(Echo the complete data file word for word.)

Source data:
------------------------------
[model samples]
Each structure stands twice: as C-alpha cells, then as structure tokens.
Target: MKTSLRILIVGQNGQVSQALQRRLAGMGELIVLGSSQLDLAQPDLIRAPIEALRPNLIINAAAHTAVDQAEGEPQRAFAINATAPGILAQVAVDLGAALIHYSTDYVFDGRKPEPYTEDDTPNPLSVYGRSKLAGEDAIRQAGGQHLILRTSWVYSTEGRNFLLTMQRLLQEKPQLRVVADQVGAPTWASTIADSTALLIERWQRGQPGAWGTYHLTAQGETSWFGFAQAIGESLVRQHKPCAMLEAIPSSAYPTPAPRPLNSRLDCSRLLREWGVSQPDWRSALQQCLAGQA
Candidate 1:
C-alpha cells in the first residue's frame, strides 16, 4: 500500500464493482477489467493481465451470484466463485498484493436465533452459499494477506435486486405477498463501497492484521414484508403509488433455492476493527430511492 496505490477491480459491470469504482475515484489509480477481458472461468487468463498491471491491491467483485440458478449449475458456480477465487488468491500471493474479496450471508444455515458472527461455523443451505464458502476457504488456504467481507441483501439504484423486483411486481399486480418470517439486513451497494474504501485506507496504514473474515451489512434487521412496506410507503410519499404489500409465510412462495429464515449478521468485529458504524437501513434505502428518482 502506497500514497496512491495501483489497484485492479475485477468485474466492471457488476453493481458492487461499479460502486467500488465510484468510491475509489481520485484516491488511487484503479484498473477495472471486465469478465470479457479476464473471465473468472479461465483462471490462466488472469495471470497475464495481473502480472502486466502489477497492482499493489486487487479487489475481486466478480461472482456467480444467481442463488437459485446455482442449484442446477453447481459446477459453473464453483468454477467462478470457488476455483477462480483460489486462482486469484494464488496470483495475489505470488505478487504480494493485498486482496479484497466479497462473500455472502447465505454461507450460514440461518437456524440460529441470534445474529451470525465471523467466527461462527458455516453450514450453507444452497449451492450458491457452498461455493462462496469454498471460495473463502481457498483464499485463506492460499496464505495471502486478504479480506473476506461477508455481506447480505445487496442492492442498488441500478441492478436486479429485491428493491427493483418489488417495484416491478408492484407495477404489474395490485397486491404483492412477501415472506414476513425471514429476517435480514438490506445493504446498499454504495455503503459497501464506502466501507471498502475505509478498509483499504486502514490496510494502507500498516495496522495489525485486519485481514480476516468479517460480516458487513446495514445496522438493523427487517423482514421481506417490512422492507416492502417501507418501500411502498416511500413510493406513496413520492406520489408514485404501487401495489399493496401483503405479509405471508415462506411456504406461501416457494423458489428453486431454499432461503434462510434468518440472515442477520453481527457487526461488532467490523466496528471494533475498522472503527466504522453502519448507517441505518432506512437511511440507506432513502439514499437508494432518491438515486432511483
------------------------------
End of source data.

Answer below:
[model samples]
Each structure stands twice: as C-alpha cells, then as structure tokens.
Target: MKTSLRILIVGQNGQVSQALQRRLAGMGELIVLGSSQLDLAQPDLIRAPIEALRPNLIINAAAHTAVDQAEGEPQRAFAINATAPGILAQVAVDLGAALIHYSTDYVFDGRKPEPYTEDDTPNPLSVYGRSKLAGEDAIRQAGGQHLILRTSWVYSTEGRNFLLTMQRLLQEKPQLRVVADQVGAPTWASTIADSTALLIERWQRGQPGAWGTYHLTAQGETSWFGFAQAIGESLVRQHKPCAMLEAIPSSAYPTPAPRPLNSRLDCSRLLREWGVSQPDWRSALQQCLAGQA
Candidate 1:
C-alpha cells in the first residue's frame, strides 16, 4: 500500500464493482477489467493481465451470484466463485498484493436465533452459499494477506435486486405477498463501497492484521414484508403509488433455492476493527430511492 496505490477491480459491470469504482475515484489509480477481458472461468487468463498491471491491491467483485440458478449449475458456480477465487488468491500471493474479496450471508444455515458472527461455523443451505464458502476457504488456504467481507441483501439504484423486483411486481399486480418470517439486513451497494474504501485506507496504514473474515451489512434487521412496506410507503410519499404489500409465510412462495429464515449478521468485529458504524437501513434505502428518482 502506497500514497496512491495501483489497484485492479475485477468485474466492471457488476453493481458492487461499479460502486467500488465510484468510491475509489481520485484516491488511487484503479484498473477495472471486465469478465470479457479476464473471465473468472479461465483462471490462466488472469495471470497475464495481473502480472502486466502489477497492482499493489486487487479487489475481486466478480461472482456467480444467481442463488437459485446455482442449484442446477453447481459446477459453473464453483468454477467462478470457488476455483477462480483460489486462482486469484494464488496470483495475489505470488505478487504480494493485498486482496479484497466479497462473500455472502447465505454461507450460514440461518437456524440460529441470534445474529451470525465471523467466527461462527458455516453450514450453507444452497449451492450458491457452498461455493462462496469454498471460495473463502481457498483464499485463506492460499496464505495471502486478504479480506473476506461477508455481506447480505445487496442492492442498488441500478441492478436486479429485491428493491427493483418489488417495484416491478408492484407495477404489474395490485397486491404483492412477501415472506414476513425471514429476517435480514438490506445493504446498499454504495455503503459497501464506502466501507471498502475505509478498509483499504486502514490496510494502507500498516495496522495489525485486519485481514480476516468479517460480516458487513446495514445496522438493523427487517423482514421481506417490512422492507416492502417501507418501500411502498416511500413510493406513496413520492406520489408514485404501487401495489399493496401483503405479509405471508415462506411456504406461501416457494423458489428453486431454499432461503434462510434468518440472515442477520453481527457487526461488532467490523466496528471494533475498522472503527466504522453502519448507517441505518432506512437511511440507506432513502439514499437508494432518491438515486432511483